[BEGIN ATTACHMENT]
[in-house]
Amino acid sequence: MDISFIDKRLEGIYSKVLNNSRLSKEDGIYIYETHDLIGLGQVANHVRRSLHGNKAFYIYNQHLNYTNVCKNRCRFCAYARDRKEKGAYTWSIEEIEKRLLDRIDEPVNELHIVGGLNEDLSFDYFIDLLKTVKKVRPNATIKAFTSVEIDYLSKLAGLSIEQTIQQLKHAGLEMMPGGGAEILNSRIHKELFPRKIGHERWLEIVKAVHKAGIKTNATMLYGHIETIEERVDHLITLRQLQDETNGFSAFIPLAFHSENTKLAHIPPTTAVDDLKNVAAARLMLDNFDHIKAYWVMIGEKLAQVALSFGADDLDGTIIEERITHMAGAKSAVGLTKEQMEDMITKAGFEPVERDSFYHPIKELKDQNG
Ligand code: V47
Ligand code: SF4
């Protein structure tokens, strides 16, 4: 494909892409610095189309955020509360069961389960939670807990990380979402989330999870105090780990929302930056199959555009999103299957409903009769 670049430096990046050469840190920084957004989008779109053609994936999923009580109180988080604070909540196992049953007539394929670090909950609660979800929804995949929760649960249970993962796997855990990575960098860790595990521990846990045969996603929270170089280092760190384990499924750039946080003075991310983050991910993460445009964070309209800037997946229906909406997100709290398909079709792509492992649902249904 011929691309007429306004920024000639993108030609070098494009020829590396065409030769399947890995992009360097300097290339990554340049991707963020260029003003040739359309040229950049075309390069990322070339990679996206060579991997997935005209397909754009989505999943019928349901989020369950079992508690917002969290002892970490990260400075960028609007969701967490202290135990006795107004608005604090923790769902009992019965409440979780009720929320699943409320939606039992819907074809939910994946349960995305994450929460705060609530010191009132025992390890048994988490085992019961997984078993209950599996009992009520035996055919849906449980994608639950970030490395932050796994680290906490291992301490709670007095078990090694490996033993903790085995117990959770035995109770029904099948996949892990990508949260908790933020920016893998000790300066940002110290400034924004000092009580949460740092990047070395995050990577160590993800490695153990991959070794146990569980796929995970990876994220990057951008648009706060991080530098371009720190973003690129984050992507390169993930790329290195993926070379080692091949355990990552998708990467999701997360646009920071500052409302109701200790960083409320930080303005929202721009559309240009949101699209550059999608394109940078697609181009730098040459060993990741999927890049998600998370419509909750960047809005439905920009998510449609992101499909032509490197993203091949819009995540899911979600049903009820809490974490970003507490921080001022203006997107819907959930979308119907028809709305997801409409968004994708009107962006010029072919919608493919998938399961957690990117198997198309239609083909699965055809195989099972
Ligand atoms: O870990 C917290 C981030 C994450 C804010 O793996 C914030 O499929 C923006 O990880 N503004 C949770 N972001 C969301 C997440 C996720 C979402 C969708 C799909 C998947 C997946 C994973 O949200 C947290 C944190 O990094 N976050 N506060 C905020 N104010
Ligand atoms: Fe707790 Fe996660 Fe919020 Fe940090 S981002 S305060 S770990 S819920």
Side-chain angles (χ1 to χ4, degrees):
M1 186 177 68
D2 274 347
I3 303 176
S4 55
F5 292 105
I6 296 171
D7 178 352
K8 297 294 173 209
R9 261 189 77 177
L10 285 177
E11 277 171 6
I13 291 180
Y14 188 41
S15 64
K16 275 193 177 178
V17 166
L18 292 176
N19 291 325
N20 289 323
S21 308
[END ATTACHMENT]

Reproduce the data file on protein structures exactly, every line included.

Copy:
[in-house]
Amino acid sequence: MDISFIDKRLEGIYSKVLNNSRLSKEDGIYIYETHDLIGLGQVANHVRRSLHGNKAFYIYNQHLNYTNVCKNRCRFCAYARDRKEKGAYTWSIEEIEKRLLDRIDEPVNELHIVGGLNEDLSFDYFIDLLKTVKKVRPNATIKAFTSVEIDYLSKLAGLSIEQTIQQLKHAGLEMMPGGGAEILNSRIHKELFPRKIGHERWLEIVKAVHKAGIKTNATMLYGHIETIEERVDHLITLRQLQDETNGFSAFIPLAFHSENTKLAHIPPTTAVDDLKNVAAARLMLDNFDHIKAYWVMIGEKLAQVALSFGADDLDGTIIEERITHMAGAKSAVGLTKEQMEDMITKAGFEPVERDSFYHPIKELKDQNG
Ligand code: V47
Ligand code: SF4
């Protein structure tokens, strides 16, 4: 494909892409610095189309955020509360069961389960939670807990990380979402989330999870105090780990929302930056199959555009999103299957409903009769 670049430096990046050469840190920084957004989008779109053609994936999923009580109180988080604070909540196992049953007539394929670090909950609660979800929804995949929760649960249970993962796997855990990575960098860790595990521990846990045969996603929270170089280092760190384990499924750039946080003075991310983050991910993460445009964070309209800037997946229906909406997100709290398909079709792509492992649902249904 011929691309007429306004920024000639993108030609070098494009020829590396065409030769399947890995992009360097300097290339990554340049991707963020260029003003040739359309040229950049075309390069990322070339990679996206060579991997997935005209397909754009989505999943019928349901989020369950079992508690917002969290002892970490990260400075960028609007969701967490202290135990006795107004608005604090923790769902009992019965409440979780009720929320699943409320939606039992819907074809939910994946349960995305994450929460705060609530010191009132025992390890048994988490085992019961997984078993209950599996009992009520035996055919849906449980994608639950970030490395932050796994680290906490291992301490709670007095078990090694490996033993903790085995117990959770035995109770029904099948996949892990990508949260908790933020920016893998000790300066940002110290400034924004000092009580949460740092990047070395995050990577160590993800490695153990991959070794146990569980796929995970990876994220990057951008648009706060991080530098371009720190973003690129984050992507390169993930790329290195993926070379080692091949355990990552998708990467999701997360646009920071500052409302109701200790960083409320930080303005929202721009559309240009949101699209550059999608394109940078697609181009730098040459060993990741999927890049998600998370419509909750960047809005439905920009998510449609992101499909032509490197993203091949819009995540899911979600049903009820809490974490970003507490921080001022203006997107819907959930979308119907028809709305997801409409968004994708009107962006010029072919919608493919998938399961957690990117198997198309239609083909699965055809195989099972
Ligand atoms: O870990 C917290 C981030 C994450 C804010 O793996 C914030 O499929 C923006 O990880 N503004 C949770 N972001 C969301 C997440 C996720 C979402 C969708 C799909 C998947 C997946 C994973 O949200 C947290 C944190 O990094 N976050 N506060 C905020 N104010
Ligand atoms: Fe707790 Fe996660 Fe919020 Fe940090 S981002 S305060 S770990 S819920």
Side-chain angles (χ1 to χ4, degrees):
M1 186 177 68
D2 274 347
I3 303 176
S4 55
F5 292 105
I6 296 171
D7 178 352
K8 297 294 173 209
R9 261 189 77 177
L10 285 177
E11 277 171 6
I13 291 180
Y14 188 41
S15 64
K16 275 193 177 178
V17 166
L18 292 176
N19 291 325
N20 289 323
S21 308